United States District Court, Northern District of Illinois
August 18, 2003
GENERAL STAR INDEMNITY COMPANY, A CONNECTICUT CORPORATION, PLAINTIFF,
HUBBARD BOWLING LANES, INC., A/K/A HUBBARD'S BOWLING LANES, INC., A/K/A HUBBARD BOWLING LANES, AN ILLINOIS CORPORATION, JAMES C. TEN BROECK, B & W FINANCIAL GROUP, INC., DEPARTMENT OF TREASURY-INTERNAL REVENUE SERVICE, BRUNSWICK CORPORATION, DEFENDANTS; UNITED STATES OF AMERICA, CROSS/COUNTERCLAIM PLAINTIFF, V. HUBBARD BOWLING LANES, INC., A/K/A HUBBARD'S BOWLING LANES, INC., A/K/A HUBBARD BOWLING LANES, AN ILLINOIS CORPORATION, JAMES C. TEN BROECK, B & W FINANCIAL GROUP, INC., DEPARTMENT OF TREASURY-INTERNAL REVENUE SERVICE, BRUNSWICK CORPORATION, CROSS/COUNTERCLAIM DEFEDANTS
The opinion of the court was delivered by: William J. Hibbler, District Judge
MEMORANDUM OPINION AND ORDER
Plaintiff, General Star Indemnity Company, brought this interpleader action to determine the rights of competing claimants to $160,000 in insurance proceeds arising from the settlement of a prior lawsuit with Hubbard Bowling Lanes. The United States subsequently entered the lawsuit [ Page 2]
asserting its interest in the interpleaded funds. The United States now files for summary judgment. Defendant James C. Ten Broeck also files for summary judgment. Both motions are unopposed. For the reasons below, the motions are granted.
Hubbard Bowling operated a bowling alley until it was destroyed by fire in 1997. After the fire, Hubbard Bowling made claim for property loss under an insurance policy issued by General Star Indemnity Company (the Policy). The Policy's loss payable provisions identified Deutsche Credit Corporation and Brunswick Bowling & Billiard as loss payees with respect to Hubbard Bowling's personal property. Deutsche Credit had held a 1987 promissory note from Hubbard Bowling that was later assigned to Brunswick Bowling & Billiards and then to its successor, defendant Brunswick Corporation.
Hubbard Bowling's claim under the policy led to litigation in this Court. Defendant James Ten Broeck represented Hubbard Bowling, The parties reached a settlement whereby General Star agreed to split $160,000 in insurance proceeds among the following parties: $70,000 to Brunswick Corporation (as loss payee); $70,000 to Broeck and Hubbard Bowling jointly; and $20,000 to the Internal Revenue Service and Robert Hubbard jointly (the Settlement Agreement). Broeck later agreed to accept $50,000 of the $70,000 awarded to him and Hubbard Bowling.
Defendant B & W Financial Group, Hubbard Bowling's former landlord, was not a party to the Settlement Agreement, but is named in the present interpleader action because it seeks a share of the interpleaded funds to satisfy a 1998 Illinois state court judgment against Robert Hubbard for unpaid rent.
The United States' interest in the insurance proceeds derives from federal tax liens against Hubbard Bowling for unpaid federal employment taxes for the period 1989 to 1992. Through this [ Page 3]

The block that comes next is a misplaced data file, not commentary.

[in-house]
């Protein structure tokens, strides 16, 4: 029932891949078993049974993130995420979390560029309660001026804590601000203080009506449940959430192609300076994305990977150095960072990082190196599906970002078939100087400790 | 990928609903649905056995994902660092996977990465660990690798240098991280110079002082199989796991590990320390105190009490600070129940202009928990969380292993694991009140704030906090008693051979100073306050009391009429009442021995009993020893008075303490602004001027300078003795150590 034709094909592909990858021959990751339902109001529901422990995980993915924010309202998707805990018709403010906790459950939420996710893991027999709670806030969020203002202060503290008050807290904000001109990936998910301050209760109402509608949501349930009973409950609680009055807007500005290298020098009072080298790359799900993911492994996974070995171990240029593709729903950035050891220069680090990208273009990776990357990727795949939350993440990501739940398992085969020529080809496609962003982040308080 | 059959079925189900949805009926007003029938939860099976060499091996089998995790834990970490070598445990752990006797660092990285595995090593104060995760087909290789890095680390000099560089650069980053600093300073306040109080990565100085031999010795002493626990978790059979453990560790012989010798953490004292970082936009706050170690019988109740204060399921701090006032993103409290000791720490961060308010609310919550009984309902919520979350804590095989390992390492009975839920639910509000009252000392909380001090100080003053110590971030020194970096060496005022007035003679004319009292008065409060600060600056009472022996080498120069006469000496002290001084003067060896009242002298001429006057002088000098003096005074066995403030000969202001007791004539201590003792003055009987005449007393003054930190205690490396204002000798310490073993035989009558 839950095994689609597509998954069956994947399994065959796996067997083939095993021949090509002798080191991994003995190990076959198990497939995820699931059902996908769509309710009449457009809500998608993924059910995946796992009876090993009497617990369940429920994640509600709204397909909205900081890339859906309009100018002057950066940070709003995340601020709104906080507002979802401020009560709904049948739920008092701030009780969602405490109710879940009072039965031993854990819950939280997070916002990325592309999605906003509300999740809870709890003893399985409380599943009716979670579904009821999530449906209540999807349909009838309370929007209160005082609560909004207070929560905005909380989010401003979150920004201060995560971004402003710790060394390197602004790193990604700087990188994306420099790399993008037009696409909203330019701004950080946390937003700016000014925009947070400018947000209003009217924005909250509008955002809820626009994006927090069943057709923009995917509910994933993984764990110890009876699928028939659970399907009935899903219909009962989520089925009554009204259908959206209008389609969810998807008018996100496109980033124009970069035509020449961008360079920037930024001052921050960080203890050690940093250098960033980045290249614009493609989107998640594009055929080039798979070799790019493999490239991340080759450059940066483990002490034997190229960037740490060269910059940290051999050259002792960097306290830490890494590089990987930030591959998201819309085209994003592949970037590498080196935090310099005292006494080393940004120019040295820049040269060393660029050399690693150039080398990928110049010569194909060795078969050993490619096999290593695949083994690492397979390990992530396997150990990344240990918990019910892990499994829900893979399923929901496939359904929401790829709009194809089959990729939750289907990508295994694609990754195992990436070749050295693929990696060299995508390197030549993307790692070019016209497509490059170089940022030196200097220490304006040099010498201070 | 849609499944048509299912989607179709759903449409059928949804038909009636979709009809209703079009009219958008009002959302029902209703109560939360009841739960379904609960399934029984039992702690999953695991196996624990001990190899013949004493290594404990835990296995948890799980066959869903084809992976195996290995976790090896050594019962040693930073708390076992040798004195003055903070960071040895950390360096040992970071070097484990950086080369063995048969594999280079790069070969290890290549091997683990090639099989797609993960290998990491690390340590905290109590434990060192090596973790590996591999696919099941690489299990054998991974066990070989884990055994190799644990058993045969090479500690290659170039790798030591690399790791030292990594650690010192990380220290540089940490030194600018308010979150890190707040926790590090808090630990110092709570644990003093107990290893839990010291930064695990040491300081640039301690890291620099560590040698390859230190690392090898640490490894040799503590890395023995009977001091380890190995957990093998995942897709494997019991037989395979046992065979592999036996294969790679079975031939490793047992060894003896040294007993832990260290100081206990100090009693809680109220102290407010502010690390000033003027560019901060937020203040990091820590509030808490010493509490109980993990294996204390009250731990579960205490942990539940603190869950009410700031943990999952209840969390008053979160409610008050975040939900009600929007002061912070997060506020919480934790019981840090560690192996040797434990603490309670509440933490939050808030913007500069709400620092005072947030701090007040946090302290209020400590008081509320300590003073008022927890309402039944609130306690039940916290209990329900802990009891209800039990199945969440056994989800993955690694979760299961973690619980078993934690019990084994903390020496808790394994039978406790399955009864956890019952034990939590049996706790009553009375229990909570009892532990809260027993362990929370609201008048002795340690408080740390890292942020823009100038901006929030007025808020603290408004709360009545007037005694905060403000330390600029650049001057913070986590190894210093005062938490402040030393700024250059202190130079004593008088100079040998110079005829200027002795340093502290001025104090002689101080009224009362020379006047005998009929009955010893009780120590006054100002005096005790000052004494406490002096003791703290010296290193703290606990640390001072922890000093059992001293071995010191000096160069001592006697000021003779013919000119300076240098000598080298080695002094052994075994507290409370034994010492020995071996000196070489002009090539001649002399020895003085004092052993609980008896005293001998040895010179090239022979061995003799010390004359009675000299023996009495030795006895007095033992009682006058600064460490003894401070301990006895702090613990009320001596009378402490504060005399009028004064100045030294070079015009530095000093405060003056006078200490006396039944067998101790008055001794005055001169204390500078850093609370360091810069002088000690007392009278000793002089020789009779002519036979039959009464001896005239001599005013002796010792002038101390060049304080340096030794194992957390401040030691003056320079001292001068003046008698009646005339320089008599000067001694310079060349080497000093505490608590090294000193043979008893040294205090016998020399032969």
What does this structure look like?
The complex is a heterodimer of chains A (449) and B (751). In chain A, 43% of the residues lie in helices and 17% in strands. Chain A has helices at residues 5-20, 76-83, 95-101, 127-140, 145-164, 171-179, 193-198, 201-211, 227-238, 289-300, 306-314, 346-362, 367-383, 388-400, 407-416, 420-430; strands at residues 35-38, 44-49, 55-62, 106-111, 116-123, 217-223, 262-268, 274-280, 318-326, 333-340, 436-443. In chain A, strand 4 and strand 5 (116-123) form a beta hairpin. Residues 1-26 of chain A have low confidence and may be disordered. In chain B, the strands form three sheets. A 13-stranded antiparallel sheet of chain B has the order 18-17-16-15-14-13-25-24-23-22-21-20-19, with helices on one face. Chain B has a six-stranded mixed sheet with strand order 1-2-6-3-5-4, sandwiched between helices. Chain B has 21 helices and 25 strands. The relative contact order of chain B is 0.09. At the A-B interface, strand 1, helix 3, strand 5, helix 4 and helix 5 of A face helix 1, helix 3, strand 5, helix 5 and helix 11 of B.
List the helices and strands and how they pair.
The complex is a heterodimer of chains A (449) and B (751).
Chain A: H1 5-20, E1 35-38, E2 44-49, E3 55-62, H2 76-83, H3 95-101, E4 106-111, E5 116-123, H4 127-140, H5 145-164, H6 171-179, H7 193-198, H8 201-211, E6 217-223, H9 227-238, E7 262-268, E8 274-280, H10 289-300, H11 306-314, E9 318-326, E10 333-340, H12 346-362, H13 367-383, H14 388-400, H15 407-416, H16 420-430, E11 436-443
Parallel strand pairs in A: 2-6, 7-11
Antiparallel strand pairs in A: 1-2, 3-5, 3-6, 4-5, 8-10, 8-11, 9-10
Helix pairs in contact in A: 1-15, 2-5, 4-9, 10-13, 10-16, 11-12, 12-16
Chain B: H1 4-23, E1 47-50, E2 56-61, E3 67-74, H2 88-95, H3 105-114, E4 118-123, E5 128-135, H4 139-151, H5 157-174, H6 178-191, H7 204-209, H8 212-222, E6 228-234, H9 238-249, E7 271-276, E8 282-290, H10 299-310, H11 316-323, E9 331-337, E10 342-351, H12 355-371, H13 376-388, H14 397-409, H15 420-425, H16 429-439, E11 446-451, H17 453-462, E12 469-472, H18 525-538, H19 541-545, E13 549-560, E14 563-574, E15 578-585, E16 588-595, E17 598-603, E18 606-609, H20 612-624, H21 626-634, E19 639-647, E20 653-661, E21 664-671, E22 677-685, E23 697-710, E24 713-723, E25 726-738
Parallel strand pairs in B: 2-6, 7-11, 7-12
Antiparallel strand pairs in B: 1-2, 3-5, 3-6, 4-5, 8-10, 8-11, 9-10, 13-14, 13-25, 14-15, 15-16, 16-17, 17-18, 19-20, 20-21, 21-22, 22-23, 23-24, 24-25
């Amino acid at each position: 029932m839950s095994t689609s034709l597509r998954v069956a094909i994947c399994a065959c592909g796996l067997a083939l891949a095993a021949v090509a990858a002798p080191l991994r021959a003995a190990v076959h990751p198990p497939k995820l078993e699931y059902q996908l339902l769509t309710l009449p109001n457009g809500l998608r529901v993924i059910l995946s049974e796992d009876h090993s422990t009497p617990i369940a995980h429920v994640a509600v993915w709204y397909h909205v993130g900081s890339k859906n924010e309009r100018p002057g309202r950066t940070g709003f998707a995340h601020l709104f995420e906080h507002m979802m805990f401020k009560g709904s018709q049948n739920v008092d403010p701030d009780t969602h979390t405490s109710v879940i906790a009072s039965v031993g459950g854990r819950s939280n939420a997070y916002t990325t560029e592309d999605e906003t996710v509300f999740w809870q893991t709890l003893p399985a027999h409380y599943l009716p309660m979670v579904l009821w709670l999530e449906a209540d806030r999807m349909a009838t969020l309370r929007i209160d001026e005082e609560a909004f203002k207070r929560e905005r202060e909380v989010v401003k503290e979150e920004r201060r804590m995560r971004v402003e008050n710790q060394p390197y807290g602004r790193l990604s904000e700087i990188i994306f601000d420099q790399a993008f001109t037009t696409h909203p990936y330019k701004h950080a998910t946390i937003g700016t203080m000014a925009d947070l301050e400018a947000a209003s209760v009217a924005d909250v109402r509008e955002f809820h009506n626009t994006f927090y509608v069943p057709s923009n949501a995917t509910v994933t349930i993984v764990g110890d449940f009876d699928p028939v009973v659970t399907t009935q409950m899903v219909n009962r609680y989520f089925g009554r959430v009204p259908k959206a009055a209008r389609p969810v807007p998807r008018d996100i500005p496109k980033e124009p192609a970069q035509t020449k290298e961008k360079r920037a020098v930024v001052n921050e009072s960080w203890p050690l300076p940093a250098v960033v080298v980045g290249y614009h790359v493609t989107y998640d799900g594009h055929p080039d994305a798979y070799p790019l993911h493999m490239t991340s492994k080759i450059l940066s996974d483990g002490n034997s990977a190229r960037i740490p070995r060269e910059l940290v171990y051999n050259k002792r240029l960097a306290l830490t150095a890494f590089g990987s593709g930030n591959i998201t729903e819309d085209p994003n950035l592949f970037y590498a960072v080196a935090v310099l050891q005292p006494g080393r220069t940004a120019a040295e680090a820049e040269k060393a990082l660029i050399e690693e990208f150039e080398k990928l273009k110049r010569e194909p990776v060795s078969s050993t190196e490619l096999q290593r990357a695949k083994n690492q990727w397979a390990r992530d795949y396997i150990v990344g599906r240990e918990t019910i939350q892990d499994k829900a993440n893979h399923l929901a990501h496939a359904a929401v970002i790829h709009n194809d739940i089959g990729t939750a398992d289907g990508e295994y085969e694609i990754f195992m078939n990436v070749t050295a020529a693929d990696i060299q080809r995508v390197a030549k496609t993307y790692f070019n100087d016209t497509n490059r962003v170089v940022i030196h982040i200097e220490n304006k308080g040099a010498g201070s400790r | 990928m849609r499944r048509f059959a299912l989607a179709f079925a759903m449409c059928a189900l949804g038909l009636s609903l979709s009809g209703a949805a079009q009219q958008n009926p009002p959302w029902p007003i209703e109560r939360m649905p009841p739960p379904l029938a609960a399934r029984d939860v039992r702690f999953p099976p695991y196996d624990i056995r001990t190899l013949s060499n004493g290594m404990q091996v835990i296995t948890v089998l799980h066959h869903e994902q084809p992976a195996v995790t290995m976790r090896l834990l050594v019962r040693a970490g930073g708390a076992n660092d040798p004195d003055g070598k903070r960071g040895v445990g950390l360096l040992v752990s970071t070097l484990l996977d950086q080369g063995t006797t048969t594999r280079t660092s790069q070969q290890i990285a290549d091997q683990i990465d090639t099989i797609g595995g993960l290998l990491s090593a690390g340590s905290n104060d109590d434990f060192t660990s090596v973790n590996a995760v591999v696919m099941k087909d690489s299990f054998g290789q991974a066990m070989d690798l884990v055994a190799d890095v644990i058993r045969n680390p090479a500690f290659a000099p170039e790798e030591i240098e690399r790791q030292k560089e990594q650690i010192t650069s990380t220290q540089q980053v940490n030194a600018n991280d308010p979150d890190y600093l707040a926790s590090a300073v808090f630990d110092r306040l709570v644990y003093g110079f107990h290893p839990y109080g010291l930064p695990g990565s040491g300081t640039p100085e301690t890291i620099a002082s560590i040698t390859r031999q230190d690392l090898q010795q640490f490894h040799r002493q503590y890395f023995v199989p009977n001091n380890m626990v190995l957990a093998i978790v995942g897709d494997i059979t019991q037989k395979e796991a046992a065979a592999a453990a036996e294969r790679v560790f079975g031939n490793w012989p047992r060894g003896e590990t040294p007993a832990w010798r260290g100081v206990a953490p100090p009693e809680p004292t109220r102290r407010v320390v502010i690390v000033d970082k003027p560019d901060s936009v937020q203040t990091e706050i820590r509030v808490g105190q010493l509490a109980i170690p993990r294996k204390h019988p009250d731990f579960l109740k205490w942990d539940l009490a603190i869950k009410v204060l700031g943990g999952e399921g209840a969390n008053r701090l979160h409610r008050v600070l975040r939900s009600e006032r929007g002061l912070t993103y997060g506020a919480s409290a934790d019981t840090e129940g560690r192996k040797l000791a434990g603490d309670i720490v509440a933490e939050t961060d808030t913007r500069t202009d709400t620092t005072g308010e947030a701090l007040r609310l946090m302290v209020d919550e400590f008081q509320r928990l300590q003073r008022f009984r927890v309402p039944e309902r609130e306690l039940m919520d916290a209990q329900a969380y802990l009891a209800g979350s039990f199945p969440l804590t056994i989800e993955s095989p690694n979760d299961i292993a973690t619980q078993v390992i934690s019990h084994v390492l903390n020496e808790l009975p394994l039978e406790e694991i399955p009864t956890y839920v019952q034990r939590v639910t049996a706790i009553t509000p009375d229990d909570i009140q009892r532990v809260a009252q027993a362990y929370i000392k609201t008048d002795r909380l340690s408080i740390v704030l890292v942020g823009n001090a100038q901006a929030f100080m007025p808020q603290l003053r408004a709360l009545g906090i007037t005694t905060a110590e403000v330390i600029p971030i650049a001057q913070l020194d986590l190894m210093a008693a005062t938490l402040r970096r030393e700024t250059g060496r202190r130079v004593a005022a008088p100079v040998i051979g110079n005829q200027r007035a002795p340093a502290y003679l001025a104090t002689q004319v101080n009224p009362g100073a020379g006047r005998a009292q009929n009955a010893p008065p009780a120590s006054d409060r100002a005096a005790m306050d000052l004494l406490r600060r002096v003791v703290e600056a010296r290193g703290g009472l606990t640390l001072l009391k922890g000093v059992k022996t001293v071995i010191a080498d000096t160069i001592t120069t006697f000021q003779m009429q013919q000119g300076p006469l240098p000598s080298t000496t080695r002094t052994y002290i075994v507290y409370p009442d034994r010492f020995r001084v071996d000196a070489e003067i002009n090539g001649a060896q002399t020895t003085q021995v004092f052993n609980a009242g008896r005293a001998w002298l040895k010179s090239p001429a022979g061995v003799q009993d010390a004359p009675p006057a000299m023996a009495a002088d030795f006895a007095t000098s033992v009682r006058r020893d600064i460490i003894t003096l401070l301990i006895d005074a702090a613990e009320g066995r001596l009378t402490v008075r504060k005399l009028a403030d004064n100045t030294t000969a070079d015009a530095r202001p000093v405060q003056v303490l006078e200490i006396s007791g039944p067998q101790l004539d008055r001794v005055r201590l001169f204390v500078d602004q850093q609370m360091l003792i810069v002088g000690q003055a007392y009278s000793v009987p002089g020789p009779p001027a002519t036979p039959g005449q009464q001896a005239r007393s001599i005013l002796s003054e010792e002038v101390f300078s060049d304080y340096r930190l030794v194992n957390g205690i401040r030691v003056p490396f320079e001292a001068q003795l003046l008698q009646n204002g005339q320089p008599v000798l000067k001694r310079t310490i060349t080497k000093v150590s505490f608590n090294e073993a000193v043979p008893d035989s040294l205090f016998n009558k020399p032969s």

action, the United States seeks to reduce Hubbard Bowling's tax liabilities to judgment and foreclose its tax liens on the interpleaded funds in the amount of $40,000, claiming priority over the competing interests of Hubbard Bowling, B & W Financial, and Robert Hubbard. Hubbard Bowling, Brunswick Corporation and Broeck do not object to the United States' request. B & W Financial Group has not responded, Regarding the remaining $120,000 in interpleaded funds addressed in the Settlement Agreement, defendant Broeck seeks $50,000 for himself and $70,000 for Brunswick. No party opposes Broeck's proposed distribution.
To restate, the Settlement Agreement allocated the insurance proceeds as follows: $70,000 to Broeck and Hubbard Bowling; $70,000 to Brunswick; and $20,000 to the Internal Revenue Service (IRS) and Robert Hubbard. Broeck later agreed to accept $50,000 of the $70,000 jointly allotted to him and Hubbard Bowling. The United States argues that Hubbard Bowling is not entitled to any of the remaining insurance proceeds, as the United States' tax liens trump any interest that Hubbard Bowling may have in the proceeds. The United States also argues that the liens are superior to any interest that Robert Hubbard, as owner of Hubbard Bowling, may have in the $20,000 jointly allocated to the IRS and Robert Hubbard. The United States therefore requests the Court to modify the Settlement Agreement so that it may collect $40,000 of the interpleaded funds.
To determine the rights of the competing claimants it is first necessary to define each party's purported interest. Broeck holds an attorney's lien on the proceeds arising from his efforts negotiating the Settlement Agreement. Brunswick, as a secured lender, holds a perfected security interest in Hubbard Bowling's property and proceeds therefrom. The United States holds tax liens also encumbering Hubbard Bowling's property and proceeds therefrom. B & W Financial holds an [ Page 4]
unperfected state court judgment against Ronald Hubbard. Lastly, Hubbard Bowling holds an insurance policy from General Star providing coverage for business property loss and income.
Broeck's attorney's lien arose after the IRS recorded its tax lien. Generally, the priority of a federal tax lien as against a "choate" state-created lien is determined under a first-in-time-is-first-in-right rule. United States v. McDermott, 507 U.S. 477, 488 (1993). However, an exception to this rule with respect to certain attorneys' liens is found in 26 U.S.C. § 6323(b)(8). Under this section, an attorney's lien is given priority over a previously filed federal tax lien, if the attorney's fees were incurred in obtaining a judgment or procuring a settlement. Id.; see also Park City Leasing v. V.I.P. Mobile Phone Centers, 763 F. Supp. 140, 142 (E.D. Pa. 1991). As Broeck's fees were incurred in procuring the Settlement Agreement, under section 6323(b)(8) his lien is given priority over the previously recorded tax lien. All parties agree that Broeck should receive $50,000 of the interpleaded funds under the law set forth above. As there is no dispute of material fact regarding this allocation, the Court grants the parties' request